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Business, risk and organized crime

George Peter Gilligan (Department of Business Law and Taxation, Monash University, Clayton, Australia)

Journal of Financial Crime

ISSN: 1359-0790

Article publication date: 15 May 2007

3199

Abstract

Purpose

The purpose of this paper is to consider organized crime as various forms of business activity which may or may not have attracted the label of criminality. In particular, how perceptions of legitimacy and the effects of other normative factors will influence strongly whether activities, individuals and groupings may be viewed as constituent parts of organized crime.

Design/methodology/approach

This paper first discusses some of the ambiguities surrounding the definition and practice of organized crime. It then emphasizes the inherent business focus of much organized crime activity and the crucial importance of legitimacy contexts in decision making seeking to counter organized crime.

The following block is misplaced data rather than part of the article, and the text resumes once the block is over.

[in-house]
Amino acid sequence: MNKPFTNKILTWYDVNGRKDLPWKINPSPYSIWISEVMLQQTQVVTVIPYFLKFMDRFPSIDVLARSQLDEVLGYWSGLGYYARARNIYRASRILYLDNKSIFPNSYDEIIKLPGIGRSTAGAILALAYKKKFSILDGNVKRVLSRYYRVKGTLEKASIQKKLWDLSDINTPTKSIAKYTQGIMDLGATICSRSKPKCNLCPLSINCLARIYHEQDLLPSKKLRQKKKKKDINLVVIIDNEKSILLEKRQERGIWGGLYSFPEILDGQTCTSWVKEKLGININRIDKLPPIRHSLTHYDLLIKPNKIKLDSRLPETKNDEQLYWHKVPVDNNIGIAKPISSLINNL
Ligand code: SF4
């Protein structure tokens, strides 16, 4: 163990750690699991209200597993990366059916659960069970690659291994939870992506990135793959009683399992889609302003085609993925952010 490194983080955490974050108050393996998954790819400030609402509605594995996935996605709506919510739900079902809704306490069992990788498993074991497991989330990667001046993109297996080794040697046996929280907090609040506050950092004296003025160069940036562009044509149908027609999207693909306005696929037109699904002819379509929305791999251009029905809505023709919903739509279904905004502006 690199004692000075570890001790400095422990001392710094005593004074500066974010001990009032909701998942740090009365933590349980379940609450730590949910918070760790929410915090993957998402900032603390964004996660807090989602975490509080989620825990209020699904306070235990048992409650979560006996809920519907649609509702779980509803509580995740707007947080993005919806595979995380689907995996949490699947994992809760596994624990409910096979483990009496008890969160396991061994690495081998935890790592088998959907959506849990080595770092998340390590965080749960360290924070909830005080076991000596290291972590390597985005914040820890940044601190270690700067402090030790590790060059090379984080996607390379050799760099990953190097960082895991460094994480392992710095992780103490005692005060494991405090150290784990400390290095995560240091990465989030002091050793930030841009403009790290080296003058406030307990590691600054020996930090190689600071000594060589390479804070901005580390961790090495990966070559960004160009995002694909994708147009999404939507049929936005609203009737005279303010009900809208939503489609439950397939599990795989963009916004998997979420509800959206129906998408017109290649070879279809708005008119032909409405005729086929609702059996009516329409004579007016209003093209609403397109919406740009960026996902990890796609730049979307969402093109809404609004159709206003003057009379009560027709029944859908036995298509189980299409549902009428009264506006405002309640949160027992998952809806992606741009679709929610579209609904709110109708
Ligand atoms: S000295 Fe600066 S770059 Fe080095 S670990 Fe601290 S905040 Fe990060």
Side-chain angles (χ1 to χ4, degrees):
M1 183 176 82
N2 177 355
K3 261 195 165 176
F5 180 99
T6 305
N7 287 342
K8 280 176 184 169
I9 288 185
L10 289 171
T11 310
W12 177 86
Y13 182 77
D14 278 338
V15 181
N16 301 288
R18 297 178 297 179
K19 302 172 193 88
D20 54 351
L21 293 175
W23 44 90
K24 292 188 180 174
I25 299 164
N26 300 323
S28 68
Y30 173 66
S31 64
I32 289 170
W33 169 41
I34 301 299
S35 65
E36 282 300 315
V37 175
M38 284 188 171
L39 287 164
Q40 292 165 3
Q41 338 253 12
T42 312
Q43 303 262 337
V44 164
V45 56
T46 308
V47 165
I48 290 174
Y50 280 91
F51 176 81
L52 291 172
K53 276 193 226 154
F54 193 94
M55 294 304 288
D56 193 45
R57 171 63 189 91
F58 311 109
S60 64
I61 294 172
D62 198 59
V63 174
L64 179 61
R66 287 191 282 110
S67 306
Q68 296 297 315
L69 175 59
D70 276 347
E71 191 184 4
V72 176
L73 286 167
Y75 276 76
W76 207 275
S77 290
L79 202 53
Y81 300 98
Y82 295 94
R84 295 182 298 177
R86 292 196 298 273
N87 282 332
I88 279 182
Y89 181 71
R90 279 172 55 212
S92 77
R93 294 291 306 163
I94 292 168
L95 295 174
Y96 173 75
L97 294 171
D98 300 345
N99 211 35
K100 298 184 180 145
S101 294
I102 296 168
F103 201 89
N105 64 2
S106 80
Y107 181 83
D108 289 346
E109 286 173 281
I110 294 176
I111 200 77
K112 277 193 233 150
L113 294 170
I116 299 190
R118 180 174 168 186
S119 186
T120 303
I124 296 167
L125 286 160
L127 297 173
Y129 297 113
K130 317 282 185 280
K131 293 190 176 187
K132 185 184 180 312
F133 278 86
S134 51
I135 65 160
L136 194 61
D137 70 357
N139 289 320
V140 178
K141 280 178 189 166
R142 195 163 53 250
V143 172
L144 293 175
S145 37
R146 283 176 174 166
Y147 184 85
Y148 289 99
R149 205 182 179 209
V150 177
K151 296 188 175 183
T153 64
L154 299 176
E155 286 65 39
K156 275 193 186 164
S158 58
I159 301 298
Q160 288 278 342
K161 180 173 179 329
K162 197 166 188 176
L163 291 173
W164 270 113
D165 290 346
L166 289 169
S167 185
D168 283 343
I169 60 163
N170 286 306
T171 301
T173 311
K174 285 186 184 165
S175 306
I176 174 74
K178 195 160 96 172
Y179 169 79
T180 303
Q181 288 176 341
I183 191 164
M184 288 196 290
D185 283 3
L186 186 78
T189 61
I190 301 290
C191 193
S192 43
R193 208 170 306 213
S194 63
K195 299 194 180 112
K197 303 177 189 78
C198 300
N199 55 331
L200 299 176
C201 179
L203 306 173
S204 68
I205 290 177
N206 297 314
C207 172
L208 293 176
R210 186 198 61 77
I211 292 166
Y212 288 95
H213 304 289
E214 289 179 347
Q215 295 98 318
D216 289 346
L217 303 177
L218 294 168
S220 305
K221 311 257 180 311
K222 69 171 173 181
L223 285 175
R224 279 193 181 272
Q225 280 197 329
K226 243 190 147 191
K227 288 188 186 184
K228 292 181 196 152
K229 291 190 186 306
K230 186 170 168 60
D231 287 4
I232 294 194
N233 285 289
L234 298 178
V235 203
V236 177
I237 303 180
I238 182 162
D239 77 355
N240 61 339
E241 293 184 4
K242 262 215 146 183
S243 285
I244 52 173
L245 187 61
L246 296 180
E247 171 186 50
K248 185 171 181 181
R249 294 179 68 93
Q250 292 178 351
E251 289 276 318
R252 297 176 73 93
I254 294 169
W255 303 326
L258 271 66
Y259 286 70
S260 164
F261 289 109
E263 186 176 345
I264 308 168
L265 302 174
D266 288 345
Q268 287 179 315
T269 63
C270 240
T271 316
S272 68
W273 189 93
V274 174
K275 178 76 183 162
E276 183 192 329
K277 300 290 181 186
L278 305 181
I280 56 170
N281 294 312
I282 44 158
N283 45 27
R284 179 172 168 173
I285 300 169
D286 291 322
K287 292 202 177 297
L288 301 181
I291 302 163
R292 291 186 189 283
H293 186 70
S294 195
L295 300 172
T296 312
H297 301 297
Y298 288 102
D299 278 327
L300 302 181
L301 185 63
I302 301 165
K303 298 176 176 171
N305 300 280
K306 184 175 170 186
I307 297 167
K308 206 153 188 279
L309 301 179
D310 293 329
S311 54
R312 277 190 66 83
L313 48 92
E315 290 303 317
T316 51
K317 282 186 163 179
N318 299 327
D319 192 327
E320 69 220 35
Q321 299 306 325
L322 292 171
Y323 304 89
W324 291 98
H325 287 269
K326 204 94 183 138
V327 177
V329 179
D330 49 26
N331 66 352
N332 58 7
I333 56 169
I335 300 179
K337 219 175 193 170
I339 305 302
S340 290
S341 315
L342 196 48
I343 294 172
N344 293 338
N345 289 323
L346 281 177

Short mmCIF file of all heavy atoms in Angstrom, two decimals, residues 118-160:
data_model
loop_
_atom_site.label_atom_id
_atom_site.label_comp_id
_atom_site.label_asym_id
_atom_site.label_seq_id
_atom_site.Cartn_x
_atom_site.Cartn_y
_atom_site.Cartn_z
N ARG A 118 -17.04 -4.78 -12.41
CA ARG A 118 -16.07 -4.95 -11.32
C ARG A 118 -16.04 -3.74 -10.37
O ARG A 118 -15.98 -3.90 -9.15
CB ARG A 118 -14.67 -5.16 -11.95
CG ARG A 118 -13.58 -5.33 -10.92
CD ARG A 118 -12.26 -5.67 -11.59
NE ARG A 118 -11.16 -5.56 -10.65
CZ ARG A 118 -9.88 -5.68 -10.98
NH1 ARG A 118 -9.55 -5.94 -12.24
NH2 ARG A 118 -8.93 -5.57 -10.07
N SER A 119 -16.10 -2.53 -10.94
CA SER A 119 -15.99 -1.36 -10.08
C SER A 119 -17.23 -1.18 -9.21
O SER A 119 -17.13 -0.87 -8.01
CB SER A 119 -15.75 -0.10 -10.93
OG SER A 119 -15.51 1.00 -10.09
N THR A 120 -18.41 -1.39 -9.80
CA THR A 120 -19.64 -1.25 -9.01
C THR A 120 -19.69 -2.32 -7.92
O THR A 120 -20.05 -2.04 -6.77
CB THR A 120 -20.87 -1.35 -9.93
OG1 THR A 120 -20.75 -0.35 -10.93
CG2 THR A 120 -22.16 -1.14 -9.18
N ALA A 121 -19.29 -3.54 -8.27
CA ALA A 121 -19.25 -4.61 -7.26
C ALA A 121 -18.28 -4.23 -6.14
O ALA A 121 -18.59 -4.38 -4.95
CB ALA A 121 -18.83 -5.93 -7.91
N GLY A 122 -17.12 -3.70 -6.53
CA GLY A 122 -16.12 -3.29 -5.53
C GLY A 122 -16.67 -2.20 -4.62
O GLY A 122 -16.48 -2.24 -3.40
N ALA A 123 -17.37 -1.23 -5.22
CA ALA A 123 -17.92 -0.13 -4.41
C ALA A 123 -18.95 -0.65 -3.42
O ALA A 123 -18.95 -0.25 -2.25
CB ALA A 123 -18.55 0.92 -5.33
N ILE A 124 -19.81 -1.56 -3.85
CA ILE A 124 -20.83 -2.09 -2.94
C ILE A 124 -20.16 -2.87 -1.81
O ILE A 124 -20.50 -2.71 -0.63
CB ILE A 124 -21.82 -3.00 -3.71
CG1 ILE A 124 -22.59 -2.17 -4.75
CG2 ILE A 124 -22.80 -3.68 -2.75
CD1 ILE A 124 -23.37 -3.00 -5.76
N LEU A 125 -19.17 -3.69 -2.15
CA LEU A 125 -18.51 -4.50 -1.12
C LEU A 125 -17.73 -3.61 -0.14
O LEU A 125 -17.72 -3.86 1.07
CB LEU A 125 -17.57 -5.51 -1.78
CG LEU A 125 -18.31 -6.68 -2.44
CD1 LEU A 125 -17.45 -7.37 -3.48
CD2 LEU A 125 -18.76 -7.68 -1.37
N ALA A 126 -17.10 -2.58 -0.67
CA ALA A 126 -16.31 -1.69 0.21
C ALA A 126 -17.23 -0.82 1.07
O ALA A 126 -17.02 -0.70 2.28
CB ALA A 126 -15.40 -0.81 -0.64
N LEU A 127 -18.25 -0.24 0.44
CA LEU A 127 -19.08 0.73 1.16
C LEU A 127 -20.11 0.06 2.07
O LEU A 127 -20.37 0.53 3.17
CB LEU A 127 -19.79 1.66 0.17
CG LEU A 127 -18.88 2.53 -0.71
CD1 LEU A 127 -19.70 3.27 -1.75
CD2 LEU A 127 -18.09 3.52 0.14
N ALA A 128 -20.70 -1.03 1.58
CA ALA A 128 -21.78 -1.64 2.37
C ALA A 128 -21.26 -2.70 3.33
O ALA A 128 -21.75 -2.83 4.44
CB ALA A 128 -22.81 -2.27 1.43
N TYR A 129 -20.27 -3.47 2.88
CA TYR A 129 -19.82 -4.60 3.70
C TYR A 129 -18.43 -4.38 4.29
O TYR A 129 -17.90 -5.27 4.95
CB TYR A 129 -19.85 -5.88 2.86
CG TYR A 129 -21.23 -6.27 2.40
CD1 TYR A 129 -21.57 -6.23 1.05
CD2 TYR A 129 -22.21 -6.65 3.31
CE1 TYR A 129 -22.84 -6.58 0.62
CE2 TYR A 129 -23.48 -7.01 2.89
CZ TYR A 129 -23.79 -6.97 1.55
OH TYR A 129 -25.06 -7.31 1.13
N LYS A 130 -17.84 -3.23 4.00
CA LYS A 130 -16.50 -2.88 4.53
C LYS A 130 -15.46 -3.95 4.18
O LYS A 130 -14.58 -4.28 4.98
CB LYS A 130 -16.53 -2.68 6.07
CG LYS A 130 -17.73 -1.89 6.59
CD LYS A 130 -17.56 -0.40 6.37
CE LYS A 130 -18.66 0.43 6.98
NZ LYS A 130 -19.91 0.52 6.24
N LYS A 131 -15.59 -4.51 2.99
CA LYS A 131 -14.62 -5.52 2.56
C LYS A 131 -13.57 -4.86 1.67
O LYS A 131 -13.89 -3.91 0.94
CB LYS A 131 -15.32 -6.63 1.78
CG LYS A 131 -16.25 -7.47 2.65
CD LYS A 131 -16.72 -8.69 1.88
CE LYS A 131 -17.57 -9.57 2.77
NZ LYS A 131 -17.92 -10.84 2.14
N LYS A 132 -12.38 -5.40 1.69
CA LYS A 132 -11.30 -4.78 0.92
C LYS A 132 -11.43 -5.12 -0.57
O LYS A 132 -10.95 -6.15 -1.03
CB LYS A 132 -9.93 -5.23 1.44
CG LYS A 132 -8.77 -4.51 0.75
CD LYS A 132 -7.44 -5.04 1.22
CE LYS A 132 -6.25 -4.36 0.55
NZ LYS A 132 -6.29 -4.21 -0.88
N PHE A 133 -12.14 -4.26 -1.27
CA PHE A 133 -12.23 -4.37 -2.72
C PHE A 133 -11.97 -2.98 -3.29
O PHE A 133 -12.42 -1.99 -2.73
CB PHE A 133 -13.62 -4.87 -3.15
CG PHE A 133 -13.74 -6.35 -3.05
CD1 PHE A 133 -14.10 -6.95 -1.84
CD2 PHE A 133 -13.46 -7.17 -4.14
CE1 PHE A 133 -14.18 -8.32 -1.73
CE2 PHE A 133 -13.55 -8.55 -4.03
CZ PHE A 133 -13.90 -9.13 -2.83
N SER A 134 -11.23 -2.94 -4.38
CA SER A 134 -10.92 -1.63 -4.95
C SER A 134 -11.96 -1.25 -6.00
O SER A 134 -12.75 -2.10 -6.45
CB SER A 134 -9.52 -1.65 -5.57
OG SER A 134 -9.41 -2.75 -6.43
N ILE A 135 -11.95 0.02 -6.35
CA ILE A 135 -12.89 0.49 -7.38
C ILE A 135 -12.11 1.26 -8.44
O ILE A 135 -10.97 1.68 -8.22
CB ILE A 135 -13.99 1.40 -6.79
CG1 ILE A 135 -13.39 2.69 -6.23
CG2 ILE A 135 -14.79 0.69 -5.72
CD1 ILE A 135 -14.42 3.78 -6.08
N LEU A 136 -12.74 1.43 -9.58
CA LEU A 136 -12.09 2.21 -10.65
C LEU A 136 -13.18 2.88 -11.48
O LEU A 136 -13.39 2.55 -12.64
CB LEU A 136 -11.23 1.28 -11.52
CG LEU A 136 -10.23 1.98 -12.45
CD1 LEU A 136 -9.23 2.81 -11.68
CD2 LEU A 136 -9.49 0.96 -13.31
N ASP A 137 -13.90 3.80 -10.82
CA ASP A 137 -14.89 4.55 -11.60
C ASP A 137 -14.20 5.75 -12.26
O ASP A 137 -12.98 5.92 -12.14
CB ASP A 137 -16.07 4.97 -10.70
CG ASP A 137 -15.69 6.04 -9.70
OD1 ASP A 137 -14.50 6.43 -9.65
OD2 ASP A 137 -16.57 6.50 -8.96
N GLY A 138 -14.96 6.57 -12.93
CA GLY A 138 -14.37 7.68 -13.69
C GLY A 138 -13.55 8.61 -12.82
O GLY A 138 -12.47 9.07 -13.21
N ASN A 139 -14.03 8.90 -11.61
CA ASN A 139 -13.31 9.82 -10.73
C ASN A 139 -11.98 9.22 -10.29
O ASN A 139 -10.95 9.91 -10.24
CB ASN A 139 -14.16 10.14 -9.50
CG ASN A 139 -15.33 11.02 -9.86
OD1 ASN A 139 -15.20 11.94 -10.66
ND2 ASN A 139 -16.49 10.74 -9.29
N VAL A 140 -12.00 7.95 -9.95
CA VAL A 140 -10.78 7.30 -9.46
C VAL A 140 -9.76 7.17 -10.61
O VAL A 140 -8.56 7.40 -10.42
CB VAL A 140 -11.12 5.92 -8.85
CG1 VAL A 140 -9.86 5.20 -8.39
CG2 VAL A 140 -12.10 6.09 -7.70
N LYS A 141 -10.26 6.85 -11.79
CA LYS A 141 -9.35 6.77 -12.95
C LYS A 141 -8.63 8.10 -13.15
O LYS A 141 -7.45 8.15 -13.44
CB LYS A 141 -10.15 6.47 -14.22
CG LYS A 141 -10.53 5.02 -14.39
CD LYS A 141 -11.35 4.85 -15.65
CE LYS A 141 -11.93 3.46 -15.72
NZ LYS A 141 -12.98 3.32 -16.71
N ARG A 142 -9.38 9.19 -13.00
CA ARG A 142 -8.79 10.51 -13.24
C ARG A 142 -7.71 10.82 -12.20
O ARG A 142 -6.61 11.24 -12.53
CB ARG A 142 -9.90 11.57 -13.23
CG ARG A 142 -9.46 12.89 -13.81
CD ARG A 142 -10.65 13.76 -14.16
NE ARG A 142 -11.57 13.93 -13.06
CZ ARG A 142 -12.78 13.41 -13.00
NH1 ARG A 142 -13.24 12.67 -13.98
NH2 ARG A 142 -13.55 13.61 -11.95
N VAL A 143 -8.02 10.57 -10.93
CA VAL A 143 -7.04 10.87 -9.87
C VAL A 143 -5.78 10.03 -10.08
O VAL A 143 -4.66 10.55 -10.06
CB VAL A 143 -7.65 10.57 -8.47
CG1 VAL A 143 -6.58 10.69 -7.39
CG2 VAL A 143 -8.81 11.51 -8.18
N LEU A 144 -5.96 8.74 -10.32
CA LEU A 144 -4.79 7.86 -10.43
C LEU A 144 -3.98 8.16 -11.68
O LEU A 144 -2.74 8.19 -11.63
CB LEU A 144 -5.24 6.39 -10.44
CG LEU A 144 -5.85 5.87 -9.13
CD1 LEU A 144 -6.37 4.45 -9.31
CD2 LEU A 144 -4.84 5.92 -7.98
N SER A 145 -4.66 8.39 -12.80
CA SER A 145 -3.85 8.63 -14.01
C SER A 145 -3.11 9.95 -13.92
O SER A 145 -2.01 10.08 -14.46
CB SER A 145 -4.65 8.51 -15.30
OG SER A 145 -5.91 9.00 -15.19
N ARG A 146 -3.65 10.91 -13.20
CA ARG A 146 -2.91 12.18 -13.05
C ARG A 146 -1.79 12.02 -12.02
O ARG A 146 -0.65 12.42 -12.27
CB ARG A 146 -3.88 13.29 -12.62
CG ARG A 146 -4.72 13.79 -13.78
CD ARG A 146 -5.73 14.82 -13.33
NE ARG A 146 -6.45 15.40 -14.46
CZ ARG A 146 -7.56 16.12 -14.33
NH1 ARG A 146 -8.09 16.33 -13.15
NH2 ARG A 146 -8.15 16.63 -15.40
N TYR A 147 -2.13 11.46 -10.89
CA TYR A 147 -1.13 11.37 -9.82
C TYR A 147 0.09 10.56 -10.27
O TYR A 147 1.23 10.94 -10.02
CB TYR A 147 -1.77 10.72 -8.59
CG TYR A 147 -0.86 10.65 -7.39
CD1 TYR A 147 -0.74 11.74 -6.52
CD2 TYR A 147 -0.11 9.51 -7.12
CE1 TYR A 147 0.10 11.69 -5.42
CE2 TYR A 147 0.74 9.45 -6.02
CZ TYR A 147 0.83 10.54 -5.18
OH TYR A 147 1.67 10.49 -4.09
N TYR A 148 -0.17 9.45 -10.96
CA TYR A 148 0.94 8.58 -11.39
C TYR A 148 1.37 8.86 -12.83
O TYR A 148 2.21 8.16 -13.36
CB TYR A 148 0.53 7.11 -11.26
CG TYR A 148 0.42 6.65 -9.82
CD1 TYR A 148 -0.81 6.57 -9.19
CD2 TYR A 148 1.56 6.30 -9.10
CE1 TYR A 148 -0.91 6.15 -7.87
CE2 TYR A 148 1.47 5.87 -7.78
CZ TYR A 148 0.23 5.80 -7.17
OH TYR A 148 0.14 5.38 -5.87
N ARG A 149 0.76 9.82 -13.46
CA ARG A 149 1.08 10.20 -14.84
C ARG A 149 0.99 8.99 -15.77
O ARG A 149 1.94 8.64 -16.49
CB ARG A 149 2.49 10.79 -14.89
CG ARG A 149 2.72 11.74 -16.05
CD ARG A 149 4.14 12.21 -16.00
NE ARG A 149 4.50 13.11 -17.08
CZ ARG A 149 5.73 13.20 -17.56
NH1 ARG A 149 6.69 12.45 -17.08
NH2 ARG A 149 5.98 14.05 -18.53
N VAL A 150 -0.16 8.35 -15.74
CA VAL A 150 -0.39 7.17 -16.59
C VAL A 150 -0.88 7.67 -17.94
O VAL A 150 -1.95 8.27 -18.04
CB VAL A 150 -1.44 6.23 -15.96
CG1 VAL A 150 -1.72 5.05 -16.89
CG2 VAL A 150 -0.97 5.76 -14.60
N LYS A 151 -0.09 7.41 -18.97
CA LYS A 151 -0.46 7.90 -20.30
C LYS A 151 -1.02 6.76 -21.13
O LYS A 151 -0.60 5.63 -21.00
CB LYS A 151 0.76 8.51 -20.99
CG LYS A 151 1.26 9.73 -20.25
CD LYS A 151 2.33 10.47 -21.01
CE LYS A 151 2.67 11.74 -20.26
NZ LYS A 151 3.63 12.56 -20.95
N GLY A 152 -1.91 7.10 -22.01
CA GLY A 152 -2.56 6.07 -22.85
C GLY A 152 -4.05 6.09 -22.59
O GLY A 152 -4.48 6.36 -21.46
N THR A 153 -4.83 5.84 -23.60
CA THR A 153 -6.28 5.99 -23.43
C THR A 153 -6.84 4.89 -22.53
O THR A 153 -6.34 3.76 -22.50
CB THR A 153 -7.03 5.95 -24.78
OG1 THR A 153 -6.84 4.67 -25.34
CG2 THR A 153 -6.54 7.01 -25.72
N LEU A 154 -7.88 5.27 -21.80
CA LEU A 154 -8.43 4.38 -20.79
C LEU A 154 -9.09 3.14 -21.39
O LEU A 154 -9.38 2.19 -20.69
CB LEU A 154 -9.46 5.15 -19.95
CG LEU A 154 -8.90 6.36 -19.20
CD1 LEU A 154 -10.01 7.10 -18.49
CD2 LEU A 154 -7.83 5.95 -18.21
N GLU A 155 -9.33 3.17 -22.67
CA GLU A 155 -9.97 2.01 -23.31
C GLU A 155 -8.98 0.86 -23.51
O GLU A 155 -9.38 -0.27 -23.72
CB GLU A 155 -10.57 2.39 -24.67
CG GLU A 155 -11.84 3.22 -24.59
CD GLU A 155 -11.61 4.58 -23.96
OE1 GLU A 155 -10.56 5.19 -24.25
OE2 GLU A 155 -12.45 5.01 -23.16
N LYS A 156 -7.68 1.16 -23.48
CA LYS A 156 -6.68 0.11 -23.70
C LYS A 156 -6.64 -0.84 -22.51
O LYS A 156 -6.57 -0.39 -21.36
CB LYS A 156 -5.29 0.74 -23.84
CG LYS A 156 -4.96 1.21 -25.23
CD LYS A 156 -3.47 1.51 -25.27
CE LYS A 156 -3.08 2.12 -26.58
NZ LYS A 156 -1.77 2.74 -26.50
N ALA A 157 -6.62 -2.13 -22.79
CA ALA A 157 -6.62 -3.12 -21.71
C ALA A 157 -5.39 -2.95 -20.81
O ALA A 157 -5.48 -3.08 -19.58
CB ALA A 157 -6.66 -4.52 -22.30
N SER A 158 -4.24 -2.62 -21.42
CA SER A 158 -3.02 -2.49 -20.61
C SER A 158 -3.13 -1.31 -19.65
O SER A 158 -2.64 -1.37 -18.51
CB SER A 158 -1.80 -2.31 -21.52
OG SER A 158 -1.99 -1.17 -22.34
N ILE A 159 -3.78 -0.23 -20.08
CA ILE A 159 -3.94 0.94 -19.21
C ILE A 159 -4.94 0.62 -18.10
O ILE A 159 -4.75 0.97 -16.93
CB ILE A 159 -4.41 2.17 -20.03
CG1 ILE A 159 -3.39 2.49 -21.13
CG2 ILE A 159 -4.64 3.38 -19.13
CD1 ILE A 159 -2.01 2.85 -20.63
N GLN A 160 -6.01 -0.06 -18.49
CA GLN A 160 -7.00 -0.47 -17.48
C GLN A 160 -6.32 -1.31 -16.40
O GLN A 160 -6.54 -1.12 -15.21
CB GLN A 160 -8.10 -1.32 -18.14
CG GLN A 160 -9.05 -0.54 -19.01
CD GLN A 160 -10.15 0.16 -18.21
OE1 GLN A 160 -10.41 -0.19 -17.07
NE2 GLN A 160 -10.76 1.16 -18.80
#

Findings

The overall effects of organized crime are generally negative for society and organized crime activity can be brutal and harmful. The paper closes by acknowledging the rationality of at least some organized crime activity.

Originality/value

The paper considers the law enforcement potential in developing counter‐strategies that consider organized crime as part of the continuum of business.

Keywords

Citation

Gilligan, G.P. (2007), "Business, risk and organized crime", Journal of Financial Crime, Vol. 14 No. 2, pp. 101-112. https://doi.org/10.1108/13590790710742609

Publisher

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Emerald Group Publishing Limited

Copyright © 2007, Emerald Group Publishing Limited

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